Is there a good way to establish a Green-Yellow-Red colour scheme?

Basic colour theory tells us that a colour palette of Green, Yellow and Red is a laughably ugly, they are colours that clash. If we take Green as the prominent colour, the analogous colours that go with it are Red and Blue – there is no room for yellow in such a colour scheme.

So, is there any way that one can combine Green, Yellow and Red in a colour scheme without blinding the users?

As my example, I have a page on a website where these colours are used to measure the required level of a skill for a project against a given user’s actual level of this skill. Green satisfies or exceeds this level, Yellow indicates a slight shortfall in expectation and Red means that they are either not good enough or totally lacking in a given skill.

Here is my example (ignore the orange and grey fields around the lettering, they are unrelated).


We can all surely agree that this looks pretty terrible, but it is this format I need to adhere to, the whole Green-Red-Yellow thing. :/

Being a programmer mainly, as opposed to a Graphic/Web designer, my understanding of colour theory and user experience is limited.

To put a point on it, my question is How can one establish a traditionally clashing colour scheme without detracting from the User Experience?

(If my question is unsuitable I will remove it, I was not sure where to ask this, it seemed the most appropriate)


Green, yellow, and red can’t go together? The Ethiopians must be terribly insulted. Google for green, yellow, and red images, and I think you find several attractive examples (along with ugly ones).

How well any set of colors goes together depends on the exact color coordinates, and the relative positions, shapes, on sizes of the colored objects, and the effect you want to have (e.g., calming versus exciting, fun versus serious, bold versus subtle). I don’t have any hard and fast rules for you, but here’re some things to experiment with.

Size-saturation trade-off

To avoid a jarring effect (assuming you don’t want that), the size of the colored object should be inversely proportional to its color saturation. Your example had pretty high saturations, so try either lower color saturations (e.g., pastels) or color something other than the background. For example, you could color the text and leave the background neutral, or you could color a small shape or symbol beside the text. The latter would provide a chance to use shape to redundantly code the skill match for accessibility and black-and-white printing purposes (green checkmark for Satisfied, yellow exclamation point for Shortfall, and red “do not enter” symbol for Not Good Enough).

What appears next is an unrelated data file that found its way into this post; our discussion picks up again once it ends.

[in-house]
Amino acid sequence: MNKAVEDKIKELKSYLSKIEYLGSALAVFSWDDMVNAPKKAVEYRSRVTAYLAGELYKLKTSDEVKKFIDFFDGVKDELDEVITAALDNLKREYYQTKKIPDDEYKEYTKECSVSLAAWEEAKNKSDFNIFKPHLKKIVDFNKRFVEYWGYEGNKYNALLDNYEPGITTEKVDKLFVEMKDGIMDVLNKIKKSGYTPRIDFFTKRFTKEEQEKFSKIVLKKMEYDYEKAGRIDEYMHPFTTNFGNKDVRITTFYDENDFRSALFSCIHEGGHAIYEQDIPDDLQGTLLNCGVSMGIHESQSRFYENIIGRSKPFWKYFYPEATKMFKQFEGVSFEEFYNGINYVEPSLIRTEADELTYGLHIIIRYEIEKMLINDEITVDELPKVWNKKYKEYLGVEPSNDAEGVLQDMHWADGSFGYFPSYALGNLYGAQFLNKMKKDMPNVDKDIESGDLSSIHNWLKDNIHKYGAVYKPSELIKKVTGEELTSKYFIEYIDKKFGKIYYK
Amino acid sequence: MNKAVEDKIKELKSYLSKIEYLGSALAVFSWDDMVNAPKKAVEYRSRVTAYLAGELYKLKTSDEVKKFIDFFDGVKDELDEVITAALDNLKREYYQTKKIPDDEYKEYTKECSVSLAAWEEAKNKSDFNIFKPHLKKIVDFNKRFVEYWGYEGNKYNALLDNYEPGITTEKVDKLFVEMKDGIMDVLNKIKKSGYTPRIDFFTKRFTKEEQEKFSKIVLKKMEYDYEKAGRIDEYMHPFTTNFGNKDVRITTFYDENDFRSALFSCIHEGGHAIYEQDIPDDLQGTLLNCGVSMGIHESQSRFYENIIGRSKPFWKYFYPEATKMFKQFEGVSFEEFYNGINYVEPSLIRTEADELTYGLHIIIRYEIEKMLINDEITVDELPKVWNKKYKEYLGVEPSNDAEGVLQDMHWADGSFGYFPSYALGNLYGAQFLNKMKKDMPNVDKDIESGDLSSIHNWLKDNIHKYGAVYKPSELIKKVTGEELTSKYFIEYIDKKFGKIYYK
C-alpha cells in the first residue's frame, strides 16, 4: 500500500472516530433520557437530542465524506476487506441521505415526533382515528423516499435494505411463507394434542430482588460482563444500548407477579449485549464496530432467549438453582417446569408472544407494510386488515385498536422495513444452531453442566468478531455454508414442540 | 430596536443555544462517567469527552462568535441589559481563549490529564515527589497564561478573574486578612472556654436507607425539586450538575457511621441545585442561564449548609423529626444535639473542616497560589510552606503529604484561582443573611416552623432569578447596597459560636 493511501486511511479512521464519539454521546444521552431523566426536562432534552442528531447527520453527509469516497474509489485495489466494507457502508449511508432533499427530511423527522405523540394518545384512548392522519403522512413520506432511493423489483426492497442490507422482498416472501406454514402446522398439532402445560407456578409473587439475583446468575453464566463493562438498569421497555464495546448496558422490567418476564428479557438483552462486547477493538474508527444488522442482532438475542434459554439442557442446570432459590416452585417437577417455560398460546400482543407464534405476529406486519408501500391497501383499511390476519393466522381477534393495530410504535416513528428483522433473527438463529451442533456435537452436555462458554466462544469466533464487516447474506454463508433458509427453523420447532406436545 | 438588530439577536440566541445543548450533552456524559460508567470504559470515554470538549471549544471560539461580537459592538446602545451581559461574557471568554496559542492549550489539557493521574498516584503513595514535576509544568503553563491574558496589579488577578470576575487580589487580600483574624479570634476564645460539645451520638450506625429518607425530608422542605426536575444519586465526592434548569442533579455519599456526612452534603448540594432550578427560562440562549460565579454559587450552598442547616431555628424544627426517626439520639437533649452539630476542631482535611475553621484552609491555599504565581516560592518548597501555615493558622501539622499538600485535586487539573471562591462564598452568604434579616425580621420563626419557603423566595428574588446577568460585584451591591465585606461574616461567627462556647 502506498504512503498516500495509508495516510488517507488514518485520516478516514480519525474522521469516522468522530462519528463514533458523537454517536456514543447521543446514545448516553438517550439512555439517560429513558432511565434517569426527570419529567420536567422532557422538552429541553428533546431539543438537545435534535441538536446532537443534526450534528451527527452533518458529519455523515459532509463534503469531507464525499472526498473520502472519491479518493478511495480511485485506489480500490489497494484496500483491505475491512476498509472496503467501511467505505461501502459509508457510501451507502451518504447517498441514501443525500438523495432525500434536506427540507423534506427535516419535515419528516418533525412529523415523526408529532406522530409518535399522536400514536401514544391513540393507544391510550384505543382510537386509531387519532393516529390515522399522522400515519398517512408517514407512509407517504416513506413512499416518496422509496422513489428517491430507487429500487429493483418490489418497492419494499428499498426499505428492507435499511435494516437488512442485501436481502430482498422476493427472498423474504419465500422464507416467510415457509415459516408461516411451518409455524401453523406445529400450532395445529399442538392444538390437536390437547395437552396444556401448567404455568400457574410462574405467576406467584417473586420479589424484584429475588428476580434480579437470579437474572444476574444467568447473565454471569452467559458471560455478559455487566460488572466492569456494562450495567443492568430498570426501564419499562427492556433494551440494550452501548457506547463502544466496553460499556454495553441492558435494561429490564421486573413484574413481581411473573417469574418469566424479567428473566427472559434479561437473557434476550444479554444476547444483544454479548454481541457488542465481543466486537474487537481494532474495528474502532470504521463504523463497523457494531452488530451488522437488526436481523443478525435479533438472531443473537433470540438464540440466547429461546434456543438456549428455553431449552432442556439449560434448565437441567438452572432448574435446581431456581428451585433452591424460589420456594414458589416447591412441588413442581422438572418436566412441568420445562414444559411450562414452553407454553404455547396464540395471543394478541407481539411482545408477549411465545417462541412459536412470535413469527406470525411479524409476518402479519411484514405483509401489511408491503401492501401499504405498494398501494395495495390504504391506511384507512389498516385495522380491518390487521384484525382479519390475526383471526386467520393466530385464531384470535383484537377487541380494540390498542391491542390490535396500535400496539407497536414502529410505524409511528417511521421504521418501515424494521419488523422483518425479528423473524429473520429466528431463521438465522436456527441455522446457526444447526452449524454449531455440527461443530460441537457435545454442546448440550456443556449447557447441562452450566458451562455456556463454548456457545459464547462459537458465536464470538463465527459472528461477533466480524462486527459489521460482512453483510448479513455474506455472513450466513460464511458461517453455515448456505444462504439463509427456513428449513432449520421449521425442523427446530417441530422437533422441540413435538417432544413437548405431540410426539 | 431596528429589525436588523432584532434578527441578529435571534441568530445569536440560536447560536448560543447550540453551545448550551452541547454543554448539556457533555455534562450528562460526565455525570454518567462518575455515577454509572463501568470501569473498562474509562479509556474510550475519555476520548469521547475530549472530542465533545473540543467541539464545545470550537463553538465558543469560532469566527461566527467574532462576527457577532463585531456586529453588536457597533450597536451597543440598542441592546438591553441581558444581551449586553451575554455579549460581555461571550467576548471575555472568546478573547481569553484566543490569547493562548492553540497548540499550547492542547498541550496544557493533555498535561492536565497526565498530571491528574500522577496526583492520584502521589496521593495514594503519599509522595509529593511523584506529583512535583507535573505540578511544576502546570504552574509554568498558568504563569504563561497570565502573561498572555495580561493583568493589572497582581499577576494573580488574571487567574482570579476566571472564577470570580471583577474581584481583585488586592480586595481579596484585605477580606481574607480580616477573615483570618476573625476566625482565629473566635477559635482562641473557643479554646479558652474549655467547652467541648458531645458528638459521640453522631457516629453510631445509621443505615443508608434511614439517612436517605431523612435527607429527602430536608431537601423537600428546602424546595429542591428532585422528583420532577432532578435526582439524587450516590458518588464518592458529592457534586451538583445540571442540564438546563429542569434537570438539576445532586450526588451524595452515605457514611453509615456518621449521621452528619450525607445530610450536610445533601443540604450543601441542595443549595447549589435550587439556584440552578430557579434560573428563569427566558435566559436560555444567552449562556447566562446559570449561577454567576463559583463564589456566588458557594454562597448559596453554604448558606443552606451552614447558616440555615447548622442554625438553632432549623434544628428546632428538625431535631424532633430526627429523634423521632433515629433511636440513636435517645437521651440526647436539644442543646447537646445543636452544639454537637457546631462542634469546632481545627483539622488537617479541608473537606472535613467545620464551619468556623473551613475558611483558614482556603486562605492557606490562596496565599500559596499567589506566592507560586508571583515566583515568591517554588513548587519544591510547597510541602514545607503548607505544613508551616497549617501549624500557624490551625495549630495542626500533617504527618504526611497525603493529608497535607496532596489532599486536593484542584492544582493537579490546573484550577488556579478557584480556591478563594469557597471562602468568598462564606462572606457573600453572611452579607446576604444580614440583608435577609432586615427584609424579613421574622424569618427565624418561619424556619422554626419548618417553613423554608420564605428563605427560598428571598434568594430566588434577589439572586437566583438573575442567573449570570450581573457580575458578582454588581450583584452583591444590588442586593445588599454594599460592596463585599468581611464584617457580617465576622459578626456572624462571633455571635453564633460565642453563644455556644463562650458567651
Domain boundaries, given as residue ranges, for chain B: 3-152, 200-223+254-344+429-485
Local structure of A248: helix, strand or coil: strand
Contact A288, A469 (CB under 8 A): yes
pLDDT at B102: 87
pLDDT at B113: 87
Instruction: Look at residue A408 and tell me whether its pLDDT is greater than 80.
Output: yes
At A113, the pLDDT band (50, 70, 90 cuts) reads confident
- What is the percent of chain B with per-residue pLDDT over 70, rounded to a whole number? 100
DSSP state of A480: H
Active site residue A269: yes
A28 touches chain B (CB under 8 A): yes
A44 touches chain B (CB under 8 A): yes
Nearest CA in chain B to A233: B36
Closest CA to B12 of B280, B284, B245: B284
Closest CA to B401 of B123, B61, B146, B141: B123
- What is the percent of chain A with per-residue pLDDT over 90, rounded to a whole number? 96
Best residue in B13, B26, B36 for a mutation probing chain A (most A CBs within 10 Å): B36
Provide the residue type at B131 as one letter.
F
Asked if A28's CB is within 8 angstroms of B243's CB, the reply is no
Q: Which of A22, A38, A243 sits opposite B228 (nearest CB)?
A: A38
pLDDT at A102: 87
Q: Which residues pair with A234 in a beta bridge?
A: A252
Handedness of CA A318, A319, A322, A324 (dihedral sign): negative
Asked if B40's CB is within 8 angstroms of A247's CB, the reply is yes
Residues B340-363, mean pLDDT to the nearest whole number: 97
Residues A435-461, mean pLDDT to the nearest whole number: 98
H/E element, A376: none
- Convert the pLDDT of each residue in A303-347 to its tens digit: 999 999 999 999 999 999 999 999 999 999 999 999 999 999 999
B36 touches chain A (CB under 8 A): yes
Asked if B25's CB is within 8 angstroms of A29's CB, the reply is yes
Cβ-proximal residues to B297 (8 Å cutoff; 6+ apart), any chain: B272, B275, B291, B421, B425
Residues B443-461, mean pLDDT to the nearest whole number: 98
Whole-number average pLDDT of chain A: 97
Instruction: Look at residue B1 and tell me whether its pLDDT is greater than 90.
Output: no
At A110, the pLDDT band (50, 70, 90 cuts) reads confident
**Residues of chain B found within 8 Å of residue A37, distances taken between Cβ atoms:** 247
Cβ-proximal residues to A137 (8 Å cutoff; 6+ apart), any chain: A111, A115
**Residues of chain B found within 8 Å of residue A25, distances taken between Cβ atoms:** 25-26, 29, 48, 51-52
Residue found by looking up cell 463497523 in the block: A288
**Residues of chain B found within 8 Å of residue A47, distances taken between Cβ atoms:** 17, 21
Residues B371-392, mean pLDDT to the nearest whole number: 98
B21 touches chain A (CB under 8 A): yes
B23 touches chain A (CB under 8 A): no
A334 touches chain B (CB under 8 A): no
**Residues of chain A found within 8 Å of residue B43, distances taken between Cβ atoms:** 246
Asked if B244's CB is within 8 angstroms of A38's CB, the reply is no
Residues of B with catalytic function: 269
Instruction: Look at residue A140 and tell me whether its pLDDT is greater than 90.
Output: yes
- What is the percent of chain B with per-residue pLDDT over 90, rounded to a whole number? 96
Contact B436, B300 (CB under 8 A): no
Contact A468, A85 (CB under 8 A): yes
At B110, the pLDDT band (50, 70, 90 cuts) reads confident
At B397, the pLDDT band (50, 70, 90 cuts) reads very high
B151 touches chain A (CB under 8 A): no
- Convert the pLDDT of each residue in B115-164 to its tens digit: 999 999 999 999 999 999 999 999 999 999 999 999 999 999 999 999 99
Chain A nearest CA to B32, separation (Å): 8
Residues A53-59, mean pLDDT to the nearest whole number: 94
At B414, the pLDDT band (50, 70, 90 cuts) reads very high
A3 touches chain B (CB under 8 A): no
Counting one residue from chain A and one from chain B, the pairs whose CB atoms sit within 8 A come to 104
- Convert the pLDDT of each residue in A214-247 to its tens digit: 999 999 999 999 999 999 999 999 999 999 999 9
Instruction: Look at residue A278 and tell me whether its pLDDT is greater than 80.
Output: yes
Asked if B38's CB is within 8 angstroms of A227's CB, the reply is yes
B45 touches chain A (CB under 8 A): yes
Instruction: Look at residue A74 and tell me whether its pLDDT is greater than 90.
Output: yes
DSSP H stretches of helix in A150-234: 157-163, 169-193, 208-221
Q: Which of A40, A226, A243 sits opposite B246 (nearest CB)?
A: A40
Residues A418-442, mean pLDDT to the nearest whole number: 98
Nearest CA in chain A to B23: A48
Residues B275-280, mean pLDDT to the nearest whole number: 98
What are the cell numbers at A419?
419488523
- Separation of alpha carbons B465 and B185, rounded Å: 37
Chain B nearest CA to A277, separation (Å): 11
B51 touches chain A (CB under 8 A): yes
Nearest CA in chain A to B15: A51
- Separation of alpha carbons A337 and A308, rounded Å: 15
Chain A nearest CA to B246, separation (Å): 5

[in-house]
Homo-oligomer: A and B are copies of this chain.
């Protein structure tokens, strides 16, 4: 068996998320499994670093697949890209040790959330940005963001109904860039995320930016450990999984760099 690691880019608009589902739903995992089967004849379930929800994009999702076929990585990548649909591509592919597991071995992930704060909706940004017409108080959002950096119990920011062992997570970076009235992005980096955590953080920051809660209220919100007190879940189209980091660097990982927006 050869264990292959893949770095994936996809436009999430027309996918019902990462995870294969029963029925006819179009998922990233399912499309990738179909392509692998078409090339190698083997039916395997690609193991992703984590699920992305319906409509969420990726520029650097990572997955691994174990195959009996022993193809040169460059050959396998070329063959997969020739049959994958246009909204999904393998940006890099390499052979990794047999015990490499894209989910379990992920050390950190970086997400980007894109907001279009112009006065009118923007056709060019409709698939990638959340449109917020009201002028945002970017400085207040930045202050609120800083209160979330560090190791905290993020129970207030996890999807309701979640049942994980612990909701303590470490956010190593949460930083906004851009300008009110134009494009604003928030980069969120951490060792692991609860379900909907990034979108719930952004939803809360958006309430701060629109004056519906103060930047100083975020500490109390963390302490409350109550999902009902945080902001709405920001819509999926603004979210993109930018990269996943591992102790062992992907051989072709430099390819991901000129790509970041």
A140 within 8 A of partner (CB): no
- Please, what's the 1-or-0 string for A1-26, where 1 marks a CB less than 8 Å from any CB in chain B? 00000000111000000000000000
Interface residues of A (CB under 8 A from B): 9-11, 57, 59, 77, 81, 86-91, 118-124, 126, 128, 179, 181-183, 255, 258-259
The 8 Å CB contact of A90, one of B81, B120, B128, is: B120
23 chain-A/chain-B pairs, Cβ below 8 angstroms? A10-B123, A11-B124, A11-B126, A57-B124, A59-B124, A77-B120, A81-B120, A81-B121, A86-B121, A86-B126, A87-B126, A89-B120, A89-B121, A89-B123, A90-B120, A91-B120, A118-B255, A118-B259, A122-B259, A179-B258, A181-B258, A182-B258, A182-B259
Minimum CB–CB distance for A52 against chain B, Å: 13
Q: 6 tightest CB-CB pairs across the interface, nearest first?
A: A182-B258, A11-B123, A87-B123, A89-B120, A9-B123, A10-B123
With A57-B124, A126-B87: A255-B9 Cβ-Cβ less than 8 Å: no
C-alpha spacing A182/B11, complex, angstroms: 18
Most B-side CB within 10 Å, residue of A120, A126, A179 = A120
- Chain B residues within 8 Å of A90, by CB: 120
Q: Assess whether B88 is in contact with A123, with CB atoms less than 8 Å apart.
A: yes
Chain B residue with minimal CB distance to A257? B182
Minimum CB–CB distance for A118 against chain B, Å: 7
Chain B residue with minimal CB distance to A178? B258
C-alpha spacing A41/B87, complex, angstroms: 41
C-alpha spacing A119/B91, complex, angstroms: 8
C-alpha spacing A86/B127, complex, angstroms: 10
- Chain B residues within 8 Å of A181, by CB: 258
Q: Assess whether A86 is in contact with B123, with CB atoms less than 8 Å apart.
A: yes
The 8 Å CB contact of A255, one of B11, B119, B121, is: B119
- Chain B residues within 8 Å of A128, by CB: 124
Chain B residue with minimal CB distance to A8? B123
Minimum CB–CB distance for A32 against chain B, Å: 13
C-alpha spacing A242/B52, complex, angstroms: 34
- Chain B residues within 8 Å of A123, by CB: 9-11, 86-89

How colors look depend on their proximity to each other. Colors than clash when adjacent look okay with a small separation. Try putting a neutral border around each cell to separate the colors more (like you have in your headers), unless there’s some meaning to same-colored cells blending together to be perceived as a single object. Try different thicknesses. Try separating each cell with white borders, going for a tiled look.


How well colors go together also changes with pattern the colors makes, so be sure you’re evaluating mockups with typical proportions and positions of the colors. For example, if most of the time everything is green, and it’s most important for users to attend to “highlights” of yellows and reds, then choose a green that make a good background (e.g., low saturation, light), and yellow and red appear to sit “on top” (e.g., higher saturation, dark). Consider that the aesthetics of the pattern can also communicate and motivate the user. If the user has a particularly unsuitable or imbalance set of skills, maybe you want an ugly pattern. The most attractive pattern should correspond to the state that’s most advantageous for the user.


Your question concerns aesthetics, but color coding choice has major usability implications too. Your color selections should be:

  • Visually distinct from each other, especially if used under degraded visual conditions (e.g., on a mobile in sunlight).

  • Provide good contrast with the background (if its foreground), or with foreground (if its background). For example, black text on red is not so good. Generally, foreground and background need different levels of brightness.

  • Make sure the colors rank consistent with what they code. For example things the user should attend to need to contrast more with the background and other colors.

  • Provide accessibility and printability, where each color also having a different level of darkness, with the darkness scaled to the ranks (red more than yellow more than green). Make your green somewhat bluish and/or your red somewhat orangish so red-green colorblind users (the most common kind of color blindness) can still see color differences.

  • Use color coding for only one variable. I don’t know what you using gray and orange for, but it’s likely to cause confusion and make it harder to for the users to use the red green and yellow colors. Anytime you have more than three colors, it’s hard to keep things usable. Find another way to code whatever gray and orange code (e.g., use font size or weight, or use dashed lines for the cell borders; see Putting the G into GUI).

In one project I worked on, the colors I came with were #E00000, #FF8400, and #C0FFE0 (not a very yellow yellow, but it still worked).

dark red, orange, pale bluish green

I have more on choosing color codes, including how to calculated color and brightness contrast at Breaking the Color Code.

Source : Link , Question Author : Felix Weir , Answer Author : Michael Zuschlag

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